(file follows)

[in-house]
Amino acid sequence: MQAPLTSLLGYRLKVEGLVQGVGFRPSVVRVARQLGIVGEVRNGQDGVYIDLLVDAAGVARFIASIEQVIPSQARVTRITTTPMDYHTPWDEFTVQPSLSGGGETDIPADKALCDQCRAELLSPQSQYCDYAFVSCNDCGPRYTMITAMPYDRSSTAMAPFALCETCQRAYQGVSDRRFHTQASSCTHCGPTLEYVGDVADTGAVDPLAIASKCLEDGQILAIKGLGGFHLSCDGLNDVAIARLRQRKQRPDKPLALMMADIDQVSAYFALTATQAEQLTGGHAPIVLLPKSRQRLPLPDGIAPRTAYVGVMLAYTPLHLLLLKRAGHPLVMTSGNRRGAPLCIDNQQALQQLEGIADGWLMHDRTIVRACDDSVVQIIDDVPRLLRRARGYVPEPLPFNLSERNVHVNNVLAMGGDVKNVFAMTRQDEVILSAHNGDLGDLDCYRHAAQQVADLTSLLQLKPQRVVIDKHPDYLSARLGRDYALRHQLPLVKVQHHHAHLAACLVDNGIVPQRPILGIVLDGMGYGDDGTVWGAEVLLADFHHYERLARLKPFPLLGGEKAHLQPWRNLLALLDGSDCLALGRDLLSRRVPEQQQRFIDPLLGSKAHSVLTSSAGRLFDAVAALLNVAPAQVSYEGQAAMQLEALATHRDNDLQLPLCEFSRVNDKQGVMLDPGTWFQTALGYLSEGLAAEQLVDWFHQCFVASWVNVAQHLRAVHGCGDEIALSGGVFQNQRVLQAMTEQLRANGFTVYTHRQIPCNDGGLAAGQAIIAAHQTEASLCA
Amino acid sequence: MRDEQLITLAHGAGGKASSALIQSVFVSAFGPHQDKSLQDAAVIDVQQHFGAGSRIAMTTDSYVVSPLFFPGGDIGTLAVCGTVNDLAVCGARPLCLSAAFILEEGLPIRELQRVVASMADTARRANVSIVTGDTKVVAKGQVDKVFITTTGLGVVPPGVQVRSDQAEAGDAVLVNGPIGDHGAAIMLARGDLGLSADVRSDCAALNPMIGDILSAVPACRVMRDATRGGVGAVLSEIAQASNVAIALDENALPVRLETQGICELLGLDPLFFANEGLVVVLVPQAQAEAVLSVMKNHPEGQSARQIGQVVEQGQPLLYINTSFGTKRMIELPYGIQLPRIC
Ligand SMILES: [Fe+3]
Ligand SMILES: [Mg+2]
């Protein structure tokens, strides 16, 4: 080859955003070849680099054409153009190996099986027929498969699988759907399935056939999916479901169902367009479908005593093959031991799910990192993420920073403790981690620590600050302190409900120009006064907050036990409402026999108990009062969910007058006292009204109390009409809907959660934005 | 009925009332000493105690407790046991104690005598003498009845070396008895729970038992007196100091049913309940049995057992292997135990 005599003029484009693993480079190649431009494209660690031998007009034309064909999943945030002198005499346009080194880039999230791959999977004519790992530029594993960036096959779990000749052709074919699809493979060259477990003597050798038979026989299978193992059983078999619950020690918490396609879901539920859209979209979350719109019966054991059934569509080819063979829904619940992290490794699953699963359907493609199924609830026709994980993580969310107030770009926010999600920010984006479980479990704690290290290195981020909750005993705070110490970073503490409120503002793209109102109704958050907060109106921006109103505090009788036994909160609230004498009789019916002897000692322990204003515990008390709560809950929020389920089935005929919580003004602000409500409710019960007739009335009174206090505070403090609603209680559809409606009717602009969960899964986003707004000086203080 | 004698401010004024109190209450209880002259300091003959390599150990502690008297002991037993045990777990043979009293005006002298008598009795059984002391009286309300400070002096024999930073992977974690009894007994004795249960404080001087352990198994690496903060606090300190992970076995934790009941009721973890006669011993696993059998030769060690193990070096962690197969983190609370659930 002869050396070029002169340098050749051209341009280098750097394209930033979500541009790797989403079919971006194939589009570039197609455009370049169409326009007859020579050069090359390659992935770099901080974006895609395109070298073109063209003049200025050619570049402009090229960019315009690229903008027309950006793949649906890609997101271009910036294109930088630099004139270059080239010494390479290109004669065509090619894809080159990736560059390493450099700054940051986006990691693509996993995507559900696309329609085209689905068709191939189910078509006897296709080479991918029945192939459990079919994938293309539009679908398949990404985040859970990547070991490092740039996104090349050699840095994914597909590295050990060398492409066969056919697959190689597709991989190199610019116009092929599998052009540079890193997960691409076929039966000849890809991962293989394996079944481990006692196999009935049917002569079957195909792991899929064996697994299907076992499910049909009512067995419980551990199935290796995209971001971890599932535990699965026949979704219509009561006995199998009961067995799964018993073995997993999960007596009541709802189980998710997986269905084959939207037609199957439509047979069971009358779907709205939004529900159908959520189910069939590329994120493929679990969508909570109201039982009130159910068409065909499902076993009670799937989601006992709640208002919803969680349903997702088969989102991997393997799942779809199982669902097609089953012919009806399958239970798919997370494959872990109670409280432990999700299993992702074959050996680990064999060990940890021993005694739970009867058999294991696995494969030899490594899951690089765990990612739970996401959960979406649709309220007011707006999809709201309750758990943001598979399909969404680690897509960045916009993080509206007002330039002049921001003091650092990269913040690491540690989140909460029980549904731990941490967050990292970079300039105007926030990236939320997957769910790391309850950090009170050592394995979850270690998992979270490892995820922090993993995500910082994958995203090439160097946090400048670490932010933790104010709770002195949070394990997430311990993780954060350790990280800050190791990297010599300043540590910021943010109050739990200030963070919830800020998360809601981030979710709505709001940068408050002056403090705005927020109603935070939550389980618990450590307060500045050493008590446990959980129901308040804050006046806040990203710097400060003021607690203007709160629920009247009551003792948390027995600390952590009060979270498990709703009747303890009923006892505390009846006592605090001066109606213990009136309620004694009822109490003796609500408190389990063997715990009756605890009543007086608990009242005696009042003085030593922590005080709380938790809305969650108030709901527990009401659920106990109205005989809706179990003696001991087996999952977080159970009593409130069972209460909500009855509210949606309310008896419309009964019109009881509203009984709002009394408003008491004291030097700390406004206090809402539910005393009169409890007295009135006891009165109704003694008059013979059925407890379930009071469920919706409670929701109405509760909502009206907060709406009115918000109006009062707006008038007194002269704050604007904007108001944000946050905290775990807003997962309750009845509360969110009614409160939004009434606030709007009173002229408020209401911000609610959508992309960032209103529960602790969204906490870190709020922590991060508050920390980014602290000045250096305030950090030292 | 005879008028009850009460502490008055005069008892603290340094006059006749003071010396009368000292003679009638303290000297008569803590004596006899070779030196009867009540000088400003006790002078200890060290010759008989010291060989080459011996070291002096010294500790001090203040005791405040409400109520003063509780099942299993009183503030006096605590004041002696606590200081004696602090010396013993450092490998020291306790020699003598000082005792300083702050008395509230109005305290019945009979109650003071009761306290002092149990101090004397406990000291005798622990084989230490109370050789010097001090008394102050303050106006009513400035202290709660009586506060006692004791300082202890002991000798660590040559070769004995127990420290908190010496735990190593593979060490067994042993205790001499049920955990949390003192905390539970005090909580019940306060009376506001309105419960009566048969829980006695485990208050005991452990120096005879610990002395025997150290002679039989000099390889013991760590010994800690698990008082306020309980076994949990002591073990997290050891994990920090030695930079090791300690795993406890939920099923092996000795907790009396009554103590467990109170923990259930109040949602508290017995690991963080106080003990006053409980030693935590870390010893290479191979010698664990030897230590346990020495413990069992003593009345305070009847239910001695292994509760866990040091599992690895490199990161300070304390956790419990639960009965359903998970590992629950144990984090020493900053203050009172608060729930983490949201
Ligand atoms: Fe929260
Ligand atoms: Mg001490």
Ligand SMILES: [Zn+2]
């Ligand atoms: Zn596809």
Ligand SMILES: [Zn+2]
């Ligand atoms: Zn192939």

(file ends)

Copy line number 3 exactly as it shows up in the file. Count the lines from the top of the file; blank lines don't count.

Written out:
Amino acid sequence: MRDEQLITLAHGAGGKASSALIQSVFVSAFGPHQDKSLQDAAVIDVQQHFGAGSRIAMTTDSYVVSPLFFPGGDIGTLAVCGTVNDLAVCGARPLCLSAAFILEEGLPIRELQRVVASMADTARRANVSIVTGDTKVVAKGQVDKVFITTTGLGVVPPGVQVRSDQAEAGDAVLVNGPIGDHGAAIMLARGDLGLSADVRSDCAALNPMIGDILSAVPACRVMRDATRGGVGAVLSEIAQASNVAIALDENALPVRLETQGICELLGLDPLFFANEGLVVVLVPQAQAEAVLSVMKNHPEGQSARQIGQVVEQGQPLLYINTSFGTKRMIELPYGIQLPRIC